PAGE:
Different than expected, but very enjoyable

By aeroblonde
Written January 11, 2013
Overall, I enjoyed the movie, although at times the stylization reminded me of Moulin Rouge (which is one movie I truly dislike), but the costumes and acting were so well-done that I was able to enjoy the film and the story. My friend was in tears at the end (I am not so emotional as she) and she thoroughly enjoyed it. I love the quote from the Countess in the early part of the film: "I'd rather say I wish I hadn't than I wish I had." (Which is ironic by the end of the story.)
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When bad casting of a leading role ruins a work of art

By Russkaya
Written May 23, 2015
It's a crying shame when what is basically a lovely movie, with some of the most gorgeous cinematography and art direction is years, is soured by a horribly-miscast leading role. I refer to Aaron Taylor-Johnson's effeminate and creepy Count Vronsky...looking like the blonde twin of the Colorado Mass Shooter. How on earth can we believe that this creep was the cause of Anna's downfall? The movie started beautifully with the opera-house concept then quickly took a nosedive the moment that Vronsky appears. Additionally, I did not care for some of the odd choreography and wavy hand movements by ballroom dancers in the background -- were they trying to dance the hula? Most distracting. But the worst thing was Taylor-Johnson as Count Vronsky. His looks and manner just 'kill' the story.
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All the world is a stage?

By showbizliz
Written May 04, 2015
It was a beautifully shot film....story is great, of course....but I could have done without the "artsy" theatrical style that's solely used as a device rather than helping the story to move forward. I found it pretty distracting; I found it difficult to stay connected and related to the characters--it's almost as if it couldn't decide whether it was a film or a theatre piece. I still think it's a good film. But, would I tell friends they have to run out and see it? Not really.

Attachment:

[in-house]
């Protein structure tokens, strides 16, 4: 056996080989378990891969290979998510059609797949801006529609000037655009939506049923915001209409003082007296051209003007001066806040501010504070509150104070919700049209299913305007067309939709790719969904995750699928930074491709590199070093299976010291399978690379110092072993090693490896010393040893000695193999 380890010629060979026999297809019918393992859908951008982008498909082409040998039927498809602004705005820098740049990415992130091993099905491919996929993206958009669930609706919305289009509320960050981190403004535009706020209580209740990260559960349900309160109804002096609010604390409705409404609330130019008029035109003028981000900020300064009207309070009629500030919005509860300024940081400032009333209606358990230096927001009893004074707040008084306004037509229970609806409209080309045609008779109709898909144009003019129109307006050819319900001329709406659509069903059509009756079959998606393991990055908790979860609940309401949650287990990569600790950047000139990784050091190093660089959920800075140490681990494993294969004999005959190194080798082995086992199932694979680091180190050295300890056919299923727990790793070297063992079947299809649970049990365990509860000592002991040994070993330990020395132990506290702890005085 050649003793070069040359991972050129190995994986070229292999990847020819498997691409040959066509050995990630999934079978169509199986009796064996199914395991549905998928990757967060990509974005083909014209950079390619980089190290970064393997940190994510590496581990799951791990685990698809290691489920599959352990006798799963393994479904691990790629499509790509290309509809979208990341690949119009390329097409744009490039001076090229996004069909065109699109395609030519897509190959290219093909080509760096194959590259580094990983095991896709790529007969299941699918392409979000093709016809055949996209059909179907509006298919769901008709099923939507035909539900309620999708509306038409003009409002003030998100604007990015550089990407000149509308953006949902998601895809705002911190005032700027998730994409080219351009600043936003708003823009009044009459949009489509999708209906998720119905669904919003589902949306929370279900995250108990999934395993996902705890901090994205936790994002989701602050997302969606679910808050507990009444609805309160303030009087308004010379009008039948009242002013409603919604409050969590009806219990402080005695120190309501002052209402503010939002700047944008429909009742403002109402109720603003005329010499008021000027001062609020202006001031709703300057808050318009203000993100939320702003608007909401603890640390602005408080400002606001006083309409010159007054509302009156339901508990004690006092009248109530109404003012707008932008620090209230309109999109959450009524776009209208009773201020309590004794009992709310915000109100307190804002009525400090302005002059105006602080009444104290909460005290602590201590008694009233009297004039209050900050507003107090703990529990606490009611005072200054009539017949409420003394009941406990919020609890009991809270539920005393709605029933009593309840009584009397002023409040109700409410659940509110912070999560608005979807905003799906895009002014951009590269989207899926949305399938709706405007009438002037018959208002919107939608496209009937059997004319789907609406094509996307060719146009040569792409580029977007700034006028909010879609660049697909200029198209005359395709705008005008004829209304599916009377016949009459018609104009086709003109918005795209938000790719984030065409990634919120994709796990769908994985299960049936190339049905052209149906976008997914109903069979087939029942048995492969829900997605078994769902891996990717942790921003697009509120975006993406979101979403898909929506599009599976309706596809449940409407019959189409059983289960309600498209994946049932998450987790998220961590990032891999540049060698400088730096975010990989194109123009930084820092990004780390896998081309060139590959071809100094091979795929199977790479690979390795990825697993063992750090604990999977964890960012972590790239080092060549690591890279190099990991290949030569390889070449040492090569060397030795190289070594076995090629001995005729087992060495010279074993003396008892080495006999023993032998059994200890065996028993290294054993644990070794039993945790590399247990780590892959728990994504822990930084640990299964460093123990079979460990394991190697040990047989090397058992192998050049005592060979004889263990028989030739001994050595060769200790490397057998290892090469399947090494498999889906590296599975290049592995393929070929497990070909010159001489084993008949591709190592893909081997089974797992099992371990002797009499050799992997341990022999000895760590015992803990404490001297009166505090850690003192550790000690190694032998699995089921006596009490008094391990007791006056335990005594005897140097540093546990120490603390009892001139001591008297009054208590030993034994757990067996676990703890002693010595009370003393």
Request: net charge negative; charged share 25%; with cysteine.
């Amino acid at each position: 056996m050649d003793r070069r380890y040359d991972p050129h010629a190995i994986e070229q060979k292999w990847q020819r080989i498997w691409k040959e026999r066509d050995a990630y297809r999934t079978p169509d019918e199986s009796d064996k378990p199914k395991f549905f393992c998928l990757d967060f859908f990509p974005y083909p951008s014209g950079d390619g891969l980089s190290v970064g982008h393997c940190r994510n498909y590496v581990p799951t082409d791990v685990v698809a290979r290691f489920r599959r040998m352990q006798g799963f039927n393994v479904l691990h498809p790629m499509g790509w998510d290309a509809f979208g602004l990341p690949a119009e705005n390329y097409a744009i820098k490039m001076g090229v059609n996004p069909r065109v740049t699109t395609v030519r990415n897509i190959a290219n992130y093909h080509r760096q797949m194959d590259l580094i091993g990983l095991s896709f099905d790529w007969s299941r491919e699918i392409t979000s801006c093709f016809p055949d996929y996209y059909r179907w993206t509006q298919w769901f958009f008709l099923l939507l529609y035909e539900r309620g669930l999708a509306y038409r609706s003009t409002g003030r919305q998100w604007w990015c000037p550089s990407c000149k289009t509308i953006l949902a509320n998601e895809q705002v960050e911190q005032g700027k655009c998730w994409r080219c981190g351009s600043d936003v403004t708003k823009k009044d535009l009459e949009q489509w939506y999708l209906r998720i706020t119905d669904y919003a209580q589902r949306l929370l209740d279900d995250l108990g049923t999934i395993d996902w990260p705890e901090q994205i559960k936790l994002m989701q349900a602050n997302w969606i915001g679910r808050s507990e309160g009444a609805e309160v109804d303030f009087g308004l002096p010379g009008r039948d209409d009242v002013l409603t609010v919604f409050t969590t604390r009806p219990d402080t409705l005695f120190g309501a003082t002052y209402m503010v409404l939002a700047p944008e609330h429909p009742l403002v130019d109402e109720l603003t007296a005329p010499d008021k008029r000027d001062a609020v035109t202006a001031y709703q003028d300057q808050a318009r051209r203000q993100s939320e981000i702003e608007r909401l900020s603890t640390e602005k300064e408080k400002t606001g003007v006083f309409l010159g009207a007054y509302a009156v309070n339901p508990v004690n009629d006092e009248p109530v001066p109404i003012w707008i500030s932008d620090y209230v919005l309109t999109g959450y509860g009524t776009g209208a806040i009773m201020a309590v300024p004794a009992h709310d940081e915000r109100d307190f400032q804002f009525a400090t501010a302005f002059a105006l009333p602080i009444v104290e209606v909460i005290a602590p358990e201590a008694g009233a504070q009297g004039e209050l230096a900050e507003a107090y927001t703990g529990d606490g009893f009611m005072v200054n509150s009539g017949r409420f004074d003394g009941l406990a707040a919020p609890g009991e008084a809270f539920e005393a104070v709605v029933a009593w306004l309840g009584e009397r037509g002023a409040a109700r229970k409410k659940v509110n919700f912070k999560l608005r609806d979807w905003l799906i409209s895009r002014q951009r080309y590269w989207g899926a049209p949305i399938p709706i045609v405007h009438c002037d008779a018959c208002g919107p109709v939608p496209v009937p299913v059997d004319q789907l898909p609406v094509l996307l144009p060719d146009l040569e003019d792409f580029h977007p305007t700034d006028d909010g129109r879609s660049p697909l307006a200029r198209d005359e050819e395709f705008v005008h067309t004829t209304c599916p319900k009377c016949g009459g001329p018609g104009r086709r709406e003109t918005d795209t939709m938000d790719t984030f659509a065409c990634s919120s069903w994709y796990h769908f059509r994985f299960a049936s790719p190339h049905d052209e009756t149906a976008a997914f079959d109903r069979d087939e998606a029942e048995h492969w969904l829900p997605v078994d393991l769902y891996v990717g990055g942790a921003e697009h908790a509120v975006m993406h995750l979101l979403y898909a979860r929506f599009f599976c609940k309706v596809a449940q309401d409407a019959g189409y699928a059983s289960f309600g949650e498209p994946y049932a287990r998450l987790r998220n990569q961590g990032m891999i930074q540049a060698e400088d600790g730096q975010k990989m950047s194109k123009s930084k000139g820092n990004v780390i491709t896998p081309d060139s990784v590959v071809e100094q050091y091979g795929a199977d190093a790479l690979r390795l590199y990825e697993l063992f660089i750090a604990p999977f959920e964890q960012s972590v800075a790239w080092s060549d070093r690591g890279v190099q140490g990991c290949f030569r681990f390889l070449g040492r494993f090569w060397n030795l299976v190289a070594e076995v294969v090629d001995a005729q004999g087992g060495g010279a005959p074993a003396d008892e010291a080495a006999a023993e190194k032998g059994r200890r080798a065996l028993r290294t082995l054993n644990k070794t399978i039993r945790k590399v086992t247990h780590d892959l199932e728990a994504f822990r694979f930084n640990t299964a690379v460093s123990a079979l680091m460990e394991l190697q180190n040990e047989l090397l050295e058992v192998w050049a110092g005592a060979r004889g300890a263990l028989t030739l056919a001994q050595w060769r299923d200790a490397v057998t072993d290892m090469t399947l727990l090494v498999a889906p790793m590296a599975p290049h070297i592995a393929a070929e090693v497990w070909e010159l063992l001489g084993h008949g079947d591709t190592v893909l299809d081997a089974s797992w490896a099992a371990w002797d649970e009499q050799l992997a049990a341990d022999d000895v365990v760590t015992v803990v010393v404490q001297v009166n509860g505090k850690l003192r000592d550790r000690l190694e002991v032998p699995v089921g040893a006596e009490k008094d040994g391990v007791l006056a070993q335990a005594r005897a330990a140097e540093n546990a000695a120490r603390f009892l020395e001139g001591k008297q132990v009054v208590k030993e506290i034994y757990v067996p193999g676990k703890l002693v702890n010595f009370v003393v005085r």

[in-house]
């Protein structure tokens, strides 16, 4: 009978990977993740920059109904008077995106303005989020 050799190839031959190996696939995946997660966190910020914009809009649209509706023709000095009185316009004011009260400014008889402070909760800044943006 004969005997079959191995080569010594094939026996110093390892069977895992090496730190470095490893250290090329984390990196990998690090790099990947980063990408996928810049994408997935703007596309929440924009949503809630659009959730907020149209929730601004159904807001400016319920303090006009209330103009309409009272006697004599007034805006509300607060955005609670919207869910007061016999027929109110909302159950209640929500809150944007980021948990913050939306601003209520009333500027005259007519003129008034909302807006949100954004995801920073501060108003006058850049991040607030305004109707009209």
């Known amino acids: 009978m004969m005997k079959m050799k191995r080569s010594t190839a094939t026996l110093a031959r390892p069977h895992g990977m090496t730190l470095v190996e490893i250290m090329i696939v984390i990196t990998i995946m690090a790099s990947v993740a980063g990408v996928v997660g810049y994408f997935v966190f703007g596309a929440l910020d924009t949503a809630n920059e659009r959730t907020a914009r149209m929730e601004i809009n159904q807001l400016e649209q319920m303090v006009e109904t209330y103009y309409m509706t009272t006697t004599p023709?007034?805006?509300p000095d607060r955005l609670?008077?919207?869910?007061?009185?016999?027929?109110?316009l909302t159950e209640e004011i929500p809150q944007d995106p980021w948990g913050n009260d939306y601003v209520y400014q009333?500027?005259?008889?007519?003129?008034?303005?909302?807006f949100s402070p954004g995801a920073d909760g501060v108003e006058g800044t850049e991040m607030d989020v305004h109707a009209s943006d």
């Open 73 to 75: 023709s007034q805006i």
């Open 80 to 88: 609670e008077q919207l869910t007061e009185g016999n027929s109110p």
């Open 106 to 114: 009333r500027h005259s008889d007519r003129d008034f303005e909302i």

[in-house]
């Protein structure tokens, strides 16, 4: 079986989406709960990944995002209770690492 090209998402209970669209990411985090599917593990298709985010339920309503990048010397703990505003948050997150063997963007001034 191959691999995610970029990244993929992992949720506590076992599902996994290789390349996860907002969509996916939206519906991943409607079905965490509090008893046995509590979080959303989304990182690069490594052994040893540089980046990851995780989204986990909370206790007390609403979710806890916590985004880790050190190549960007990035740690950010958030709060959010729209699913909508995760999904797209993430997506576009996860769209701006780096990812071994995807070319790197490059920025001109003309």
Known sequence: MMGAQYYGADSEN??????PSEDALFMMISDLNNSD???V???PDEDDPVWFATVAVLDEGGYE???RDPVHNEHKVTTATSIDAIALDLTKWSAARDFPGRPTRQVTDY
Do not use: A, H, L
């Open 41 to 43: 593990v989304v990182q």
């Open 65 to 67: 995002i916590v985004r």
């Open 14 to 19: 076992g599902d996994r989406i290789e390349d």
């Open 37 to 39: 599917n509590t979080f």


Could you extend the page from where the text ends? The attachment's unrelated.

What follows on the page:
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Anna Karenina

By ann462
Written January 26, 2015
Definitely not your usual costume drama. And what costumes they were. A mix of contemporary haute couture to a twist on period 1860's+. The men and the women looked fantastic. This movie was a feast on a huge gluttonous groaning board. Transfixed I couldn't get up and had to call for the feather and bucket and feast some more. At times I shook my head....is this a ballet is this a movie is this theatre of the absurd? I was immersed in it despite it's being a bit twee and over the top. I got it, I'm in the business and appreciated what it was doing and was happily along for the surealistic ride. At one point K.Knightly's strings of saliva were a queezy distraction and I found myself swallowing overly much. But that is my pecadillo, moist mouths with too much spittle (shudder). But I dwell too much upon the surface. Her passionate dilemma, his complacency well played engendering sympathy. I supposed her attraction to the very young "dashing" Count. Though as a foil he appeared immature.
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All the World's A Stage

By iknowbest
Written July 01, 2015
And Anna Karenina makes good use of that concept. An very beautiful, poetic, and supple rendering of a massive novel. My one qualm is that Knightley, although gorgeous and the stuff that dreams are made of, is perhaps a bit too frosty to be convincing as anything other than headstrong; she conveys stuborness more than hopeless love. Jude Law is wonderful as the man who gives every opportunity for redemption, although it is hard to believe that Jude Law is the least sexy man in the room. The music is just right; not intrusive, and not tear-jerking. All in all this is one of the most mature, well developed films I have seen in a while.
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